Abstract

This paper evaluates the effect of system parameters on resolution of the three stereographic methods and excludes discussion of the stereographic effect. Pinhole-camera stereogram imagery is shown to have several severe deficiencies, among which are the need for small camera-to-object distances and poor filling of the ray cones. The fly’s-eye lens is much superior, but these images are severely degraded by aberrations. The holographic stereogram overcomes these problems but is a slower process. A wide-angle eyepiece is demonstrated as a practical camera lens for recording the component images of the holographic stereogram.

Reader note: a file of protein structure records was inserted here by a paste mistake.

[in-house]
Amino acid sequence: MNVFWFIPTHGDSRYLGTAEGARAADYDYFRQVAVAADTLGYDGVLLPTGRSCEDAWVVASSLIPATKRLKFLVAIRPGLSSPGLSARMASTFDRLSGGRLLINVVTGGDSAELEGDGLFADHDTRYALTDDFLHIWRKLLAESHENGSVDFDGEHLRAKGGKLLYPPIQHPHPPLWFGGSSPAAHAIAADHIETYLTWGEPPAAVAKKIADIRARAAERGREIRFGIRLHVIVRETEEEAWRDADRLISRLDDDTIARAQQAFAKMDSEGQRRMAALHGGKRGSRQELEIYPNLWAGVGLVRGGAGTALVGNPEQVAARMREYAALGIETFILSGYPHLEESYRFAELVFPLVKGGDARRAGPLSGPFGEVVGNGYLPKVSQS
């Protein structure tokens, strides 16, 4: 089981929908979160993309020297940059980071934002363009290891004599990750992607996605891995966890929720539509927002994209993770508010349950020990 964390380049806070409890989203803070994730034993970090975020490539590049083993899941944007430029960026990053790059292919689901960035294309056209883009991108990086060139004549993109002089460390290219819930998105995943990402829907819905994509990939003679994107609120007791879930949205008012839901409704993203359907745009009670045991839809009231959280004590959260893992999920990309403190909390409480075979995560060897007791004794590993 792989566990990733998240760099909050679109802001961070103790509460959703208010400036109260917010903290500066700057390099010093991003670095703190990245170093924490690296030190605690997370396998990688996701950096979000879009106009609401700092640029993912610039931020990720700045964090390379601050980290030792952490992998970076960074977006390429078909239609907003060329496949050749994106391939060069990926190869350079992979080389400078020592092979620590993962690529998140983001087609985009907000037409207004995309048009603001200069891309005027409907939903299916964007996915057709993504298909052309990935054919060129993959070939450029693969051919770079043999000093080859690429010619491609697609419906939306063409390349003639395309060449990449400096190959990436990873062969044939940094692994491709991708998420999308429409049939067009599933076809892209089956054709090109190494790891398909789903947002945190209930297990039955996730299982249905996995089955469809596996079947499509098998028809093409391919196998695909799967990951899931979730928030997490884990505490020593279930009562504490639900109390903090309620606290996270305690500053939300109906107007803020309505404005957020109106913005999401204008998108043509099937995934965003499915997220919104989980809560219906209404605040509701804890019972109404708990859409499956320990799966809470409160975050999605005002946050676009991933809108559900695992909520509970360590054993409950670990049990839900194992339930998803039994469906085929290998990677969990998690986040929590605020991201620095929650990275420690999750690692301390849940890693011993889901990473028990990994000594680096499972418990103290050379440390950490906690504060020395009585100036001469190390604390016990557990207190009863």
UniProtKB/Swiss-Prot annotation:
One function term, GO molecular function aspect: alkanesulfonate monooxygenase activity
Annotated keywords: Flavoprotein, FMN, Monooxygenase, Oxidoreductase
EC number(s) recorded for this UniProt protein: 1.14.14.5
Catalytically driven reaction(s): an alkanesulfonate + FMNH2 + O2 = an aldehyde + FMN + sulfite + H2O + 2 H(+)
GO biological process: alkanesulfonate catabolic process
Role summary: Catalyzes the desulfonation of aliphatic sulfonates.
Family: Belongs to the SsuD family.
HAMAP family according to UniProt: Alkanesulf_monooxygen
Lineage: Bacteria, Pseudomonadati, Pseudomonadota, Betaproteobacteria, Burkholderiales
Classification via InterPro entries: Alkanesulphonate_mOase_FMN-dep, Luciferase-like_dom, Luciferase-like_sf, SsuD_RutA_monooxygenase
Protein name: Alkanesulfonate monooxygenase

© 1972 Optical Society of America

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